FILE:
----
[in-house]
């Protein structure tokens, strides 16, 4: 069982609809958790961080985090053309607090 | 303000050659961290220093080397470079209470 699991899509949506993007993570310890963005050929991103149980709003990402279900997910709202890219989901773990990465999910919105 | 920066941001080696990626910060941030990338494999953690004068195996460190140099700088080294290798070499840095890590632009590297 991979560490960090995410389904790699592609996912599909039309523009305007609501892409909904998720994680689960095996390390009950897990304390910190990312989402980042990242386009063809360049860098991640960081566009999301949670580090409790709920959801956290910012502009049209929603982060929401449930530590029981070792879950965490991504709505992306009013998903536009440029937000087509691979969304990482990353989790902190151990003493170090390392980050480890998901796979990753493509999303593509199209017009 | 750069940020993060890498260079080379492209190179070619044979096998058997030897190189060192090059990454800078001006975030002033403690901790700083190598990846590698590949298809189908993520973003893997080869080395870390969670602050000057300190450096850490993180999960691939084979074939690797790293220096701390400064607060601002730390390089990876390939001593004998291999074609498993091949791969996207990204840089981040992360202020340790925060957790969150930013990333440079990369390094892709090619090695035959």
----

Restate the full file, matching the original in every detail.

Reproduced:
[in-house]
């Protein structure tokens, strides 16, 4: 069982609809958790961080985090053309607090 | 303000050659961290220093080397470079209470 699991899509949506993007993570310890963005050929991103149980709003990402279900997910709202890219989901773990990465999910919105 | 920066941001080696990626910060941030990338494999953690004068195996460190140099700088080294290798070499840095890590632009590297 991979560490960090995410389904790699592609996912599909039309523009305007609501892409909904998720994680689960095996390390009950897990304390910190990312989402980042990242386009063809360049860098991640960081566009999301949670580090409790709920959801956290910012502009049209929603982060929401449930530590029981070792879950965490991504709505992306009013998903536009440029937000087509691979969304990482990353989790902190151990003493170090390392980050480890998901796979990753493509999303593509199209017009 | 750069940020993060890498260079080379492209190179070619044979096998058997030897190189060192090059990454800078001006975030002033403690901790700083190598990846590698590949298809189908993520973003893997080869080395870390969670602050000057300190450096850490993180999960691939084979074939690797790293220096701390400064607060601002730390390089990876390939001593004998291999074609498993091949791969996207990204840089981040992360202020340790925060957790969150930013990333440079990369390094892709090619090695035959």